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Despite human rights abuses, the ten-year conflict in Nepal brought aspects of empowerment to women, changing their role in the family and community, as women became active outside the home, challenged the security forces, and began to assert their rights as citizens. Drawing on a research project into the participation of women in community development projects in three areas of Nepal, the present article examines how far development agencies in the post-conflict period have succeeded in furthering women’s citizenship rights, and in giving voice to women’s concerns and participation. It argues that development organisations and agencies have continued to operate mostly without including the voices of women, and women are disappointed by these non-participatory and top-down development models, which are leaving women’s status as second-class citizens unchallenged. Women are consequently exploring alternatives. The article uses examples from the field and interviews and focus groups with marginalised women and non-government organisation workers to suggest ways in which development agencies can work with participatory models to advance women’s citizenship rights. Given the diversity of social groups and peoples and gender relations in Nepal, the present article will also raise critical questions about the form and content of women’s participation, and the intersections of gender, class, caste, and ethnicity on citizenship rights.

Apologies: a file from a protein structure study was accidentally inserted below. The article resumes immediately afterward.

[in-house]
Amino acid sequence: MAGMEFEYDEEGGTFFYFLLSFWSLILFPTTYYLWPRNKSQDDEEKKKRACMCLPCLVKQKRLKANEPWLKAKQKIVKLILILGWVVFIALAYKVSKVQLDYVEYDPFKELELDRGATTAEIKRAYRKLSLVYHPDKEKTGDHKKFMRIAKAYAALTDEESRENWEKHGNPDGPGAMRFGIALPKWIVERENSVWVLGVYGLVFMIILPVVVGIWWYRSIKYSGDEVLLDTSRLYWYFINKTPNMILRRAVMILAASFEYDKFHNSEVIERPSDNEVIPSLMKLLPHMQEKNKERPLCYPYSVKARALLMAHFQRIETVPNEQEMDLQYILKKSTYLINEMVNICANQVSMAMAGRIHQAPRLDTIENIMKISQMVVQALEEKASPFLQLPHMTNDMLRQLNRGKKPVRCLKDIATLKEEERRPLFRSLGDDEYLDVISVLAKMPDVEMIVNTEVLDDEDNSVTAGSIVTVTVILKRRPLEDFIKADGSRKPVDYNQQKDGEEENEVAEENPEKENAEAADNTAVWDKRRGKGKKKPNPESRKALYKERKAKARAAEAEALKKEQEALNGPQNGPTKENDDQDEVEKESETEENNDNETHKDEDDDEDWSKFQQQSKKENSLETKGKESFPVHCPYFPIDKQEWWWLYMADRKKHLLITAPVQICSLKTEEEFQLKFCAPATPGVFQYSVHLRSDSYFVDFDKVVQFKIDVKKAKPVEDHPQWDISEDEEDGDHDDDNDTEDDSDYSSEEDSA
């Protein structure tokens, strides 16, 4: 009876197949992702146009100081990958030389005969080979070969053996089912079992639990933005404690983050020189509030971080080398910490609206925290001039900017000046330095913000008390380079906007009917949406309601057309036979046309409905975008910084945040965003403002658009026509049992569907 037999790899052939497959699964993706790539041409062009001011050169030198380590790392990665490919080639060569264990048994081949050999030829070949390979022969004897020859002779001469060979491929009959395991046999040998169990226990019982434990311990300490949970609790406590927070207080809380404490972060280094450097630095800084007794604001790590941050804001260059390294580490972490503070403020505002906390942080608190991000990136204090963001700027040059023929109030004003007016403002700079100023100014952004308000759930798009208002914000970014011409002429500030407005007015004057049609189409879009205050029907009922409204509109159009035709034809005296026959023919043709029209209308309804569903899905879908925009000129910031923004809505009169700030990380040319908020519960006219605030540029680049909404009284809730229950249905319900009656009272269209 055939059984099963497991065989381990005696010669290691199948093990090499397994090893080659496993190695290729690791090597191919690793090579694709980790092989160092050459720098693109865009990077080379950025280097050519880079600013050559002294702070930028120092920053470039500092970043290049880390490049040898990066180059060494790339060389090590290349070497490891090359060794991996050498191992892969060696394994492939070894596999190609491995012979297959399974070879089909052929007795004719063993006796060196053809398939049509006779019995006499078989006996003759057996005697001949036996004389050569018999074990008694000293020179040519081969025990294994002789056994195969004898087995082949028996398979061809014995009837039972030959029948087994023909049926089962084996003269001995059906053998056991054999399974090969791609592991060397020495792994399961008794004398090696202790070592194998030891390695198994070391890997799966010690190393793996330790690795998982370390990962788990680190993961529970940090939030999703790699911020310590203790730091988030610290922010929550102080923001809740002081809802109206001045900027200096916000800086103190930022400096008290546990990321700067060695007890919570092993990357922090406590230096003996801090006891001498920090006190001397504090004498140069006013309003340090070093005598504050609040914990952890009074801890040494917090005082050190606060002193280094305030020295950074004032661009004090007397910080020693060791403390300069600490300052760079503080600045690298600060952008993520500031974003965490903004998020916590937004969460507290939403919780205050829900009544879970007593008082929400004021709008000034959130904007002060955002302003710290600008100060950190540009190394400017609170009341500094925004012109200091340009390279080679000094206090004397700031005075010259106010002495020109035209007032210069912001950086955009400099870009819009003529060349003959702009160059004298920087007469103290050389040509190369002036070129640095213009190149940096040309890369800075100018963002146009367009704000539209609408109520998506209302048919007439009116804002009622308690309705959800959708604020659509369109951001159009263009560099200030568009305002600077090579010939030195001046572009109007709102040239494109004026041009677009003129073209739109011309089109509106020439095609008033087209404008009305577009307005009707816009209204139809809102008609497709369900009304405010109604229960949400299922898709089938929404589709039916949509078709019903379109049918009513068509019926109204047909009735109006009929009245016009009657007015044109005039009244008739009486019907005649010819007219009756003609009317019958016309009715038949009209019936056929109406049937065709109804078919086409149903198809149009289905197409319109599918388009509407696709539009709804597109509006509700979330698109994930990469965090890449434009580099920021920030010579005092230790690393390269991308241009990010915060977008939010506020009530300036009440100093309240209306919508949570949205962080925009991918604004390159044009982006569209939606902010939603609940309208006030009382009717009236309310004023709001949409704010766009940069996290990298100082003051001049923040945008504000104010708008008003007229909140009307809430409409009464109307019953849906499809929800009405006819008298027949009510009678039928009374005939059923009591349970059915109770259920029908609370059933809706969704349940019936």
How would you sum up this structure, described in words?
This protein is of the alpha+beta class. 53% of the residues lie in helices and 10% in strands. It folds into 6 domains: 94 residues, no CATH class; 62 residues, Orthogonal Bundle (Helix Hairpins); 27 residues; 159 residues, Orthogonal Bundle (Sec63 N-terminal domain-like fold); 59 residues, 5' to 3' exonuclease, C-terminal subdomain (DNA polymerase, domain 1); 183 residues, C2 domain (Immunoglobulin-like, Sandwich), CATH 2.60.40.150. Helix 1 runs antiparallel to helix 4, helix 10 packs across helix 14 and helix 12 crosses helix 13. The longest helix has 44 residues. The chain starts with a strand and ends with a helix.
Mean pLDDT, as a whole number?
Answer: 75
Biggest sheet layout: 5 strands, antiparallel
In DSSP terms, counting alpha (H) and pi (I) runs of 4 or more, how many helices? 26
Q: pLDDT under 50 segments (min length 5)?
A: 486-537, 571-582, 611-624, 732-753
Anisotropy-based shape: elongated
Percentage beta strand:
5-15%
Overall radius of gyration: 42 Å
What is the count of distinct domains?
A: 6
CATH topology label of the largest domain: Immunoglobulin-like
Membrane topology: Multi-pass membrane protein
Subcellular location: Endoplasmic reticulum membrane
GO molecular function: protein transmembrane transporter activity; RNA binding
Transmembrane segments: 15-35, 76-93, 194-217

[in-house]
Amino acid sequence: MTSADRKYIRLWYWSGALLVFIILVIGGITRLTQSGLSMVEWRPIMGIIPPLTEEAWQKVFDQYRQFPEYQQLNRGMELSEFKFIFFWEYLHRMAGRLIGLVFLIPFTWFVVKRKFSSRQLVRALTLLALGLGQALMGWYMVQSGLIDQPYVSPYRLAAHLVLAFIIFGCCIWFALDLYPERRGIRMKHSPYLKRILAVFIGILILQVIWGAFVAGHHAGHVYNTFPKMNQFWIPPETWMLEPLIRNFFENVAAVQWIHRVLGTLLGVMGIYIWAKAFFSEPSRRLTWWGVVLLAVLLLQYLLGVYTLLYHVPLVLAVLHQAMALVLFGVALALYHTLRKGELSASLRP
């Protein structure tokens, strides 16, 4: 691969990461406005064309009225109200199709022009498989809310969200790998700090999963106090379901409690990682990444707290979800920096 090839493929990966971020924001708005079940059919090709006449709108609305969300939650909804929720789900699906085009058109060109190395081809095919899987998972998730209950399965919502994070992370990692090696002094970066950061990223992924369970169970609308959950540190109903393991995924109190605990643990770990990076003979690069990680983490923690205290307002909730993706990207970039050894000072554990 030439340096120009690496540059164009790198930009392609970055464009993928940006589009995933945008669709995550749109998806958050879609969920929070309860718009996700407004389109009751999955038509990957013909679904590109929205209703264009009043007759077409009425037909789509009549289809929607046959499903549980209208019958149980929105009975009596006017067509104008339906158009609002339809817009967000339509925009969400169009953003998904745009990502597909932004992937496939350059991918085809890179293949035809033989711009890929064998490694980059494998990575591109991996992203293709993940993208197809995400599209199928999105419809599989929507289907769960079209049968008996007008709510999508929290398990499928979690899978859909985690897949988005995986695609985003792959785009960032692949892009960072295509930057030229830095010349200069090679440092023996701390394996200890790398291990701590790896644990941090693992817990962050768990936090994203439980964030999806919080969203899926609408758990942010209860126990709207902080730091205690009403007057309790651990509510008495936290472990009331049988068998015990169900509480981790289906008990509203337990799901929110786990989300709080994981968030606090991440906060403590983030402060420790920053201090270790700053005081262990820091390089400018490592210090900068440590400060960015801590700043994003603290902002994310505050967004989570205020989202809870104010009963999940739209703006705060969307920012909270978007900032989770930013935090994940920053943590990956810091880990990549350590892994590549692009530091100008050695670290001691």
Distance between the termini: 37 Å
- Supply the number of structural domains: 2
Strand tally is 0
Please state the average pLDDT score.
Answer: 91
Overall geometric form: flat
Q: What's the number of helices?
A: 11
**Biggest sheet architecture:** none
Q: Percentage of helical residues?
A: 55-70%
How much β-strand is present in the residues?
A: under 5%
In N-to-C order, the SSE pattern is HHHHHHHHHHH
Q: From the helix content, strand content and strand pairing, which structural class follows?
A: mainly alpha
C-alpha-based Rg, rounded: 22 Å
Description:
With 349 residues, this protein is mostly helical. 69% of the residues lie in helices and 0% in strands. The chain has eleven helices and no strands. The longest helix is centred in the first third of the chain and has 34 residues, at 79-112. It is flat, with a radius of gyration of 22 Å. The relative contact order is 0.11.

This article is hosted by our co-publisher Taylor & Francis. For the full table of contents for this and previous issues of this journal, please visit the Gender and Development website.

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